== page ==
The Linux adversary again demands evidence from Big Blue and cites allegedly contradictory testimony.
In a motion filed Monday with U.S. District Court in Salt Lake City, SCO asked the court to delay any ruling on IBM's request for summary judgment until Big Blue fully complies with all requests for "discovery," the process by which litigating parties turn over potential evidence. The court is scheduled to hear one of IBM's claims for partial summary judgment on Wednesday.
News.com's related coverage of
SCO's claims against Linux
(March 6, 2003)
An IBM representative did not immediately respond to a request for comment. A SCO representative declined to comment beyond the text of the motion.
SCO rattled the technology world last year, when it sued IBM, claiming that the computing giant illegally incorporated into its Linux software some source code from the Unix operating system, which SCO claims to control.
The case has since ballooned into a far-ranging attack on Linux, attracting legal attention from Linux companies Novell and Red Hat, and drawing the ire of Linux supporters worldwide.
SCO has since expanded its legal campaign to include several prominent corporate Linux users, including automaker DaimlerChrysler and retailer AutoZone.
SCO has suffered several setbacks lately in its multipronged legal attacks, with a judge discarding most of the DaimlerChrysler case and legal expenses cutting into the company's profits.
As part of the case against IBM, SCO has
"IBM has precluded SCO from obtaining discovery on numerous issues, including those bearing directly on IBM's dispositive motions," according to the motion. "The longer IBM holds back the foregoing rudimentary, predicate information, the greater IBM will compromise SCO's ability to use it effectively as a basis for further discovery and the development of its case."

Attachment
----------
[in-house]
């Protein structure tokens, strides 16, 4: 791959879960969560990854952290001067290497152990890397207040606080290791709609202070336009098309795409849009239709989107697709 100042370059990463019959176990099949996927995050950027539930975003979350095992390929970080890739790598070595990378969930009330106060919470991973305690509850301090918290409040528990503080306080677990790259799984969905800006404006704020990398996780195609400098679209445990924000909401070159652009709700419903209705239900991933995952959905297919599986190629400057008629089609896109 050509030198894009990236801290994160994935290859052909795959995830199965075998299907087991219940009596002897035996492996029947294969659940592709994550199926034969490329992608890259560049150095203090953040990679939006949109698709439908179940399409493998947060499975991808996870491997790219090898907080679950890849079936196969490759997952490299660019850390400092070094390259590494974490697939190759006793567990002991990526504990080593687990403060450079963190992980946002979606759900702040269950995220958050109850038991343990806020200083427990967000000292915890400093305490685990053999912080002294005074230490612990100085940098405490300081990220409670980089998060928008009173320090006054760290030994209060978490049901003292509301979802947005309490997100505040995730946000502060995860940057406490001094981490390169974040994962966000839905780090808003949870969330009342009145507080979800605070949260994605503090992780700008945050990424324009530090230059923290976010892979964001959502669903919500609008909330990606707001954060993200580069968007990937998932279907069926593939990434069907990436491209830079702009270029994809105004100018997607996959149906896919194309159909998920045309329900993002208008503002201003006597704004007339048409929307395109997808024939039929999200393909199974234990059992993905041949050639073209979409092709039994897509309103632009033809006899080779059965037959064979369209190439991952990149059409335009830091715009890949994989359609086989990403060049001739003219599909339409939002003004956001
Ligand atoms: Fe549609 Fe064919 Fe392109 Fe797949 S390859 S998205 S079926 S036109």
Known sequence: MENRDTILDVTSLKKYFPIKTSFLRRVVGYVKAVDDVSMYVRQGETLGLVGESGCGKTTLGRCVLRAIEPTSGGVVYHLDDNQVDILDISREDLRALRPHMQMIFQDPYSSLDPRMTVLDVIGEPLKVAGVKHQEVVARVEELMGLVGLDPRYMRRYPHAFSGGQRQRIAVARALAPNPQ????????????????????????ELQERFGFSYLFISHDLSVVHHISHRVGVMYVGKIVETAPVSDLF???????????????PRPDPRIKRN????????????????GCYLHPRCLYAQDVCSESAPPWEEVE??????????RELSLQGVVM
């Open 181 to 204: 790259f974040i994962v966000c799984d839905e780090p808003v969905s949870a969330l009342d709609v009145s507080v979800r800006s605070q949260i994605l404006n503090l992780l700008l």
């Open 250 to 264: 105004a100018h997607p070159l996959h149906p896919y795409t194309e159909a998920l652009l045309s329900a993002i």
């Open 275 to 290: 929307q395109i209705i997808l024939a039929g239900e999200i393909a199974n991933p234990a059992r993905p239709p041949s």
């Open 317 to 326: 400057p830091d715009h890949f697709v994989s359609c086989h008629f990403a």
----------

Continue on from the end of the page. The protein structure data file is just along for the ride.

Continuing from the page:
The motion goes on to attack the testimony of two former AT&T employees cited by IBM to buttress its copyright claims, saying their testimony regarding AT&T's intentions when it sold its rights to Unix directly contradict their testimony in an earlier case involving AT&T and Berkeley Software Design (BSD). In that case, the AT&T people claimed that company's rights extended to "derivative works," similar to claims SCO has made regarding its Unix rights.
"At an absolute minimum, the prior testimony...not only contradicts IBM's position that AT&T did not protect, and was not interested in protecting, anything other than literal Unix source code," according to the motion, "but also demonstrates that AT&T sought through its license agreement to protect any product that a license made after having been given access to Unix."
The motion also claims that one of the witnesses was recently convicted of felony insurance fraud.
The motion asks the court to compel IBM to produce the requested documents and delay any hearing on summary judgment until such discovery requests have been satisfied.